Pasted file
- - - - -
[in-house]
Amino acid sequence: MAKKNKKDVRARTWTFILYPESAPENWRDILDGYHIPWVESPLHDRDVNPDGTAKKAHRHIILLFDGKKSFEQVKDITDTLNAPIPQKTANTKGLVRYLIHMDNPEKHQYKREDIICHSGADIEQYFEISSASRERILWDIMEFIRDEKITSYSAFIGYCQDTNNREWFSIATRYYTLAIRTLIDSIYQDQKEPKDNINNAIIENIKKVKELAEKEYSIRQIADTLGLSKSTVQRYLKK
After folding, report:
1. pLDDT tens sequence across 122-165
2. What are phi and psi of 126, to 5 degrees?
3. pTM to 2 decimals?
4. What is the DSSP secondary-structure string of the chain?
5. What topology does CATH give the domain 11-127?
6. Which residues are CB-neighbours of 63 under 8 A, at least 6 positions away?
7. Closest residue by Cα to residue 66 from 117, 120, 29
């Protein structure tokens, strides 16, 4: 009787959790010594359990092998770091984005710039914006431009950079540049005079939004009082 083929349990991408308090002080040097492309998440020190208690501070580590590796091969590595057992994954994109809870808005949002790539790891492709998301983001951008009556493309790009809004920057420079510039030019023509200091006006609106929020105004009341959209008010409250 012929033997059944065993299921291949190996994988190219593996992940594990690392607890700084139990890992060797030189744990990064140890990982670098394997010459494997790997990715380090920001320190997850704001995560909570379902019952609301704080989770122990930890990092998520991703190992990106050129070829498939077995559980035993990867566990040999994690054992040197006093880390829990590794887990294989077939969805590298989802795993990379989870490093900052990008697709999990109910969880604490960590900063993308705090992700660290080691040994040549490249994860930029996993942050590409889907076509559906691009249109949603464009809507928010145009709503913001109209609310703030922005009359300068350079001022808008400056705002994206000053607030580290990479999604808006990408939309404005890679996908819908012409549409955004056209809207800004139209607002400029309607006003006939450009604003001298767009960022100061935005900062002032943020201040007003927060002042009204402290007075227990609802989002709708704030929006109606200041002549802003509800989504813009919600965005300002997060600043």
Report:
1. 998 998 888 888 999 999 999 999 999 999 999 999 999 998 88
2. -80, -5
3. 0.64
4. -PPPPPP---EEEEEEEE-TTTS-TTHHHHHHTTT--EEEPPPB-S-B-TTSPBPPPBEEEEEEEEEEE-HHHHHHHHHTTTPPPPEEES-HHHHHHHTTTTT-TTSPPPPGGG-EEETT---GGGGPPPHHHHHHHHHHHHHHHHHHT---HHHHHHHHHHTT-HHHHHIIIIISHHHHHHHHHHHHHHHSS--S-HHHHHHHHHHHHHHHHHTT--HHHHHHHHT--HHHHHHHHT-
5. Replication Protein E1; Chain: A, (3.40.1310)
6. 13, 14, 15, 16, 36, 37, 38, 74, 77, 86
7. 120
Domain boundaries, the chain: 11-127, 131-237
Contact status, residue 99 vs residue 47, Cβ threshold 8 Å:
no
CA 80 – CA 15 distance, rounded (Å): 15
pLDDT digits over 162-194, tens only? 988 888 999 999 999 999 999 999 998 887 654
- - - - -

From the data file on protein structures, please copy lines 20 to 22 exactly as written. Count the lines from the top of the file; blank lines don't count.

Domain boundaries, the chain: 11-127, 131-237
Contact status, residue 99 vs residue 47, Cβ threshold 8 Å:
no